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L.B. AGUSTO (No. 2)

F.S.C. 150/1961

25TH JULY, 1962

3PLR/1962/78  (FSC)






JOHN IDOWU CONRAD TAYLOR, F.J. (Read the Ruling of the Court)


Lardner -for the Applicant.

Moore, Q.C., (with him Agusto) -for the Respondent.


REAL ESTATE – APPEAL – Right of appeal to Privy Council – Appeal against decision bet­ween Landlord and tenant- Value of property for the purpose of appeal – How ascertainable.

PRACTICE AND PROCEDURE – APPEAL – Right of appeal to Privy Council – Section 114(1) (a) of 1960 Con­stitution – Dispute between landlord and tenant- Assessment of value of property in dispute – Annual rental value to be deciding factor.


TAYLOR, F.J. (Delivering the Ruling of the Court):         I shall throughout this Ruling, for the purposes of convenience, refer to the parties as plaintiff and defendant. The defendant is in two separate motions asking this Court (1) for conditional leave to appeal to Her Majesty in Council from the Judgment of this Court dated the 28th May, 1962, and (2) for a stay of execution pend­ing the determination of such appeal.

In respect of the first application, Mr. Lardner moving on behalf of the defendant, relied on s.114(1)(a) of the Constitution of the Federation of Nigeria as giving the defendant a right of appeal as of right where the matter in dispute, to use the words of the section:­

“is of the value of five hundred pounds or upwards or where the appeal involves directly or indirectly a claim to or question re­specting property or a right of the value of five hundred pounds or upwards ………..

He added that the Affidavits filed in the motion disclose that the appeal involves the determination of a right of the defendant to possession of the area in dispute, which right was, to him, worth more than £500. No counter-af­fidavit has been filed by the plaintiff in this matter, but our attention was drawn by Chief Moore to a statement in the Writ of Summons placing the an­nual rent of the whole premises, of which the subject matter of the appeal is a part, at £180, and that this fact was never controverted at the hearing, as a result of which the learned Acting Chief Magistrate was vested with jurisdic­tion.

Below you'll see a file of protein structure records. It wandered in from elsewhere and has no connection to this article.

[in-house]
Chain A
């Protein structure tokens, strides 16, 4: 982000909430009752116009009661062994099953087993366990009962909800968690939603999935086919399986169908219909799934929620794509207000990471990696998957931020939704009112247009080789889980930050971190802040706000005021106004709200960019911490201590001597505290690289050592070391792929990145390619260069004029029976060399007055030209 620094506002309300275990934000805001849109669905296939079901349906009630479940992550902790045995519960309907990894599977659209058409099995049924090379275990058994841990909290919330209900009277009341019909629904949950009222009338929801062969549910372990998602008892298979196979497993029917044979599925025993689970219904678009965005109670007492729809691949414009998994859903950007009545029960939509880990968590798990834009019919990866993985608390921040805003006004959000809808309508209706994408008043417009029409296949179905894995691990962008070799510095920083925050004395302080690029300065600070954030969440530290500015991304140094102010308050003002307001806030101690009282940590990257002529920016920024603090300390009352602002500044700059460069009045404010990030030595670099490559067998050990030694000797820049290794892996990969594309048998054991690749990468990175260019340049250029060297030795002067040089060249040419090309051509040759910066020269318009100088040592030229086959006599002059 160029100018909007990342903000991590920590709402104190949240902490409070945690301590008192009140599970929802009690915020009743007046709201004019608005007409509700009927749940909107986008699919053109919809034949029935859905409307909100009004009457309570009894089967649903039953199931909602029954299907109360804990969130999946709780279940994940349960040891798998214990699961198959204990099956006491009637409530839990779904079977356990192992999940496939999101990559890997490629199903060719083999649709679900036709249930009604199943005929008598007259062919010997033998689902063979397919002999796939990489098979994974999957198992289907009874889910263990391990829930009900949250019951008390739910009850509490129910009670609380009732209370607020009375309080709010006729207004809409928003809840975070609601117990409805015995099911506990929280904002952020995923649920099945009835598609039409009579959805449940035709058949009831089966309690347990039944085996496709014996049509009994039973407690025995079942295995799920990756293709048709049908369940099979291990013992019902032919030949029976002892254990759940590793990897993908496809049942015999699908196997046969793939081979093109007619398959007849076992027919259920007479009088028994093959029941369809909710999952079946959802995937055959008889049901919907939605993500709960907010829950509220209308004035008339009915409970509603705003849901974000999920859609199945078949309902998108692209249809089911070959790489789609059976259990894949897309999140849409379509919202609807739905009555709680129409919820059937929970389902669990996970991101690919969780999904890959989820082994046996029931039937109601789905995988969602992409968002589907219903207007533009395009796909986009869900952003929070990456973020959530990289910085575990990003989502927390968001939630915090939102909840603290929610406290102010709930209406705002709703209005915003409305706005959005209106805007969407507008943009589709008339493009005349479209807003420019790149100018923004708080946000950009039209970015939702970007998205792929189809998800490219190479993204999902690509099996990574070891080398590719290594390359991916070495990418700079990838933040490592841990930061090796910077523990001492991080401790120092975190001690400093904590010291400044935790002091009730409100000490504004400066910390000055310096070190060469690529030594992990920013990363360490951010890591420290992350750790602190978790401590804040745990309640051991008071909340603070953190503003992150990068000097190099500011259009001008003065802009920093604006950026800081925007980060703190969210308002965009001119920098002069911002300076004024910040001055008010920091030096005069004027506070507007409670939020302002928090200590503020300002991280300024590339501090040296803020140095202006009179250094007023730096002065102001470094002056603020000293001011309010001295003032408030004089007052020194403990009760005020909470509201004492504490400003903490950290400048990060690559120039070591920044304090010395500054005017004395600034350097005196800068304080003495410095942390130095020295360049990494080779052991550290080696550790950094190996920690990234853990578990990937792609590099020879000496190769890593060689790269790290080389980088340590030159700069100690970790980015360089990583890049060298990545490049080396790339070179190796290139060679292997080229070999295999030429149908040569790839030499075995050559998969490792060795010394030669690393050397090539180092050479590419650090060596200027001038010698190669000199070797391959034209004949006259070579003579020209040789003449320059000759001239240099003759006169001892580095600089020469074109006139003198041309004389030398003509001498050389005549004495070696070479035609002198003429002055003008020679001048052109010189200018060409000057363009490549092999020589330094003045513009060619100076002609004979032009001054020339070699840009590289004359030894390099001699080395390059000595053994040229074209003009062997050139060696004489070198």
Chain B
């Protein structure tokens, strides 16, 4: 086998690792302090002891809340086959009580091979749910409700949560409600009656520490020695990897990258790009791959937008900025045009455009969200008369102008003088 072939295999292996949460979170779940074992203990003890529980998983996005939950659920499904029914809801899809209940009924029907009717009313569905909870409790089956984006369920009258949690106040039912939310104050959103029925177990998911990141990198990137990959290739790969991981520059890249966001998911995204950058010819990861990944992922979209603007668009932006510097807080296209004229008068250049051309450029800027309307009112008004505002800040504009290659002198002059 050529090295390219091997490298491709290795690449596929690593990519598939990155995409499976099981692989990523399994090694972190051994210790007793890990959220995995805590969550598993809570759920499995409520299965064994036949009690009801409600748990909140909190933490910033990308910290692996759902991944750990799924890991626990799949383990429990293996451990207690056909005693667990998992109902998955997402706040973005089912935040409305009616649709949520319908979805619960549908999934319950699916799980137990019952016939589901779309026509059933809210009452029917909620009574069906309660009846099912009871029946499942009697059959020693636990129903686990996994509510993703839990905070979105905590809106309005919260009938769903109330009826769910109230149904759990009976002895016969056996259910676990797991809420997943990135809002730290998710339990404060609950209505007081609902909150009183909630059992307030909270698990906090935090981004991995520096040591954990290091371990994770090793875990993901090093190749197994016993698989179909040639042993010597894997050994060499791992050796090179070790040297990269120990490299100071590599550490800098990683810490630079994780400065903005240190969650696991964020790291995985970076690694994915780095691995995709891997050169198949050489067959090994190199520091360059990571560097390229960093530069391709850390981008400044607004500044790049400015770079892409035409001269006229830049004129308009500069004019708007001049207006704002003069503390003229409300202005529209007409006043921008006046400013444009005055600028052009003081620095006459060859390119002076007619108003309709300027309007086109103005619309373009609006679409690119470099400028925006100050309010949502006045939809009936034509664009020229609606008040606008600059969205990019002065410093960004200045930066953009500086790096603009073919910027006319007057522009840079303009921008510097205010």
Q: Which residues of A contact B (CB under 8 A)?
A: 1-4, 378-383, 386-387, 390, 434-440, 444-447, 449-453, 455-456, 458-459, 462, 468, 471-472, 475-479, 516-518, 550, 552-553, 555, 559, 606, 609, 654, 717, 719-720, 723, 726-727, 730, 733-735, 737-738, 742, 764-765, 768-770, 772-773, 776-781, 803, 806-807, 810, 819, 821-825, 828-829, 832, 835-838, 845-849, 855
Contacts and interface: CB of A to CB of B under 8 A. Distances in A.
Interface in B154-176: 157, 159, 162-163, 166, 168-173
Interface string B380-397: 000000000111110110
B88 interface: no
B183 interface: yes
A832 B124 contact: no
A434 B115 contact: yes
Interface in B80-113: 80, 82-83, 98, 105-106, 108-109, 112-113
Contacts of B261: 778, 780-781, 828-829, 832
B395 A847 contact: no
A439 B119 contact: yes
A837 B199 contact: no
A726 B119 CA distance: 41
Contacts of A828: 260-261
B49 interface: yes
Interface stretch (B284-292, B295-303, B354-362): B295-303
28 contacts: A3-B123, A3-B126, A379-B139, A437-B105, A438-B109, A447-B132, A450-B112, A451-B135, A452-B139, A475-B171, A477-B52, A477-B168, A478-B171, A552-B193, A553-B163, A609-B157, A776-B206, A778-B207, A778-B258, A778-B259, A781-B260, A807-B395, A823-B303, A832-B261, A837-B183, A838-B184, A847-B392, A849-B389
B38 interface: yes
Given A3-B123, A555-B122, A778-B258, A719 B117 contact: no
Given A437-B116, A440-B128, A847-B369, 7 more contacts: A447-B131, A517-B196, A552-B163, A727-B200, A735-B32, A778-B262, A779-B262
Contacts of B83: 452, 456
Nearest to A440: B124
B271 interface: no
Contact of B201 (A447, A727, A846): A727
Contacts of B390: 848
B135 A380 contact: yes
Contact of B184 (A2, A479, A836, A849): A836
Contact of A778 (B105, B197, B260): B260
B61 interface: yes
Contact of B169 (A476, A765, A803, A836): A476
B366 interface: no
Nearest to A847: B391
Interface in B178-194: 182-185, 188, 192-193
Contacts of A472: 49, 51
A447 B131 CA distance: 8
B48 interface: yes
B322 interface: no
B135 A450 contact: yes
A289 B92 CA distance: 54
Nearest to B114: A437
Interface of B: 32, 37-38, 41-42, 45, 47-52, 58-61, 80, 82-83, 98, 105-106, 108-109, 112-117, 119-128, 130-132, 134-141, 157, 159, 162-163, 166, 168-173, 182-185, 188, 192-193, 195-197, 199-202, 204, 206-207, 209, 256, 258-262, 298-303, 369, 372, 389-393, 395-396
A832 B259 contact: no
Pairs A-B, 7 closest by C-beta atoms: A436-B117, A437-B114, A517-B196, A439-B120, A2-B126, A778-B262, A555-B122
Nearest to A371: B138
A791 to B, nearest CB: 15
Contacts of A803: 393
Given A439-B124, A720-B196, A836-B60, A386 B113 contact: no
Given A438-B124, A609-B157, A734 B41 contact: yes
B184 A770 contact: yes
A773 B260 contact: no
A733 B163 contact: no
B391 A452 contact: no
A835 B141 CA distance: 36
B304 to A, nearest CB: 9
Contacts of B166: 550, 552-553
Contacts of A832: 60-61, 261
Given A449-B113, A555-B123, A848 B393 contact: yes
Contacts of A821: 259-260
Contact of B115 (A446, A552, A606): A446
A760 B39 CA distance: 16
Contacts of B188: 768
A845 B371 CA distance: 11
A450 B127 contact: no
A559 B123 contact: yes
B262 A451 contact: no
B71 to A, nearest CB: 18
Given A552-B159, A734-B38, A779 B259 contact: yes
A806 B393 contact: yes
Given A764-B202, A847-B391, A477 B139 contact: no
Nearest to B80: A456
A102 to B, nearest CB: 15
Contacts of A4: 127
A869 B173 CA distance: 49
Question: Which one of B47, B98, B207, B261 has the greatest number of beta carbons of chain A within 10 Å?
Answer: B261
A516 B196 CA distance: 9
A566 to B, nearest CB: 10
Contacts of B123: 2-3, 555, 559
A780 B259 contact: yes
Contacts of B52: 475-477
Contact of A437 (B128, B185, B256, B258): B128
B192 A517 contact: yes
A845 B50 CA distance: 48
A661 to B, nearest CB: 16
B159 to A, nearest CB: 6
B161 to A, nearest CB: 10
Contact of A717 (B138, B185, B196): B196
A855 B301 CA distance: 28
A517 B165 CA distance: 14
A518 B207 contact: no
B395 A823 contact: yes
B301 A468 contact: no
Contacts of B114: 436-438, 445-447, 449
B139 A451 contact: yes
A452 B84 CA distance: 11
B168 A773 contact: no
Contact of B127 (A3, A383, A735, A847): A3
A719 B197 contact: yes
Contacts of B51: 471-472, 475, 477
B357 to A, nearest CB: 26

It would, at this stage, be convenient to set out as shortly as possible the facts involved in the substantial appeal.


The plaintiff is a purchaser from one Adewunmi of certain portion of land abutting the lagoon, of which the portion in dis­pute forms part by virtue of certain acts of reclamation done by Adewunmi and his tenant, the defendant. The defendant was paying to Adewunmi a rental of £17 a month for the whole pre­mises, which was later increased to £19 a month when the plain­tiff purchased the property. The defendant was in arrears of rent and the plaintiff sued him for such arrears and for possession. The defendant was ordered to give up possession by the learned Acting Chief Magistrate and an order was made for payment by him to the plaintiff of the sum of £332 as arrears of rent.


There was no appeal lodged against the order for arrears of rent, and in re­spect of the order for possession the defendant only contested the order in so far as it affected the portion reclaimed on the grounds that he was paying an Occupation Licence Fee to the Crown and that as such he was a tenant of the Crown and not of the plaintiff. The sole point on appeal therefore was as to whether the plaintiff was entitled to possession of the area reclaimed.


As to the basis of Computation of the value of the right or property in­volved, I would here refer to and endorse the Judgment of Bairamian, J. (as he then was) in the case of Logios v. Custodian of Enemy Property, 19 N.L.R. 34, where he says this, at page 36:­


“This section 3, (West African Court of Appeal Ordinance) in so far as is relevant to the case in hand, provides as follows:­


An appeal shall lie to the Court of appeal (viz. the West Af­rican Court of Appeal):­


(a)     from all final judgments and decisions of the Supreme Court ……………………..


(ii)     determining, directly or indirectly, a claim or ques­tion respecting property or any civil right or other matter, where such property, civil right or other mat­ter is of the value of fifty pounds or upwards.


The dispute here is between landlord and tenant. The rent pay­able for the house was four pounds a month. The tenant does not claim a title to the house itself; so the value of the house itself is not the criterion. His “property” or “civil right” is merely his lease from month to month. The word “property” has a wide meaning and may be taken to include leasehold property, as it does, for example, in bankruptcy in regard to the realizing of the assets of the debtor. In the case in hand the value of the subject­-matter is four pounds and no more; or if one felt inclined to take section 19(1)(b) of the Magistrates’ Courts Ordinance as the basis to decide the value by, one could say the annual value or rent was £48 and take this amount as the value of the subject-mat­ter in this case; but this is as far as one could go. It follows that an appeal does not lie.”


In the present application Mr. Lardner has put the annual rental value of the land as being “at least £80” in paragraph 4 of his affidavit. This is a matter between Landlord and Tenant, and the present defendant has never at any time asserted title to the property in dispute. The value therefore of his right to possession would be at the most, assessed on a yearly basis, £80 as deposed to. This would therefore not give him a right of appeal.


Both of these applications are dismissed with costs assessed at eight guineas to the Respondent.


ADEMOLA, C.J.F.:          I concur.


Applications dismissed.


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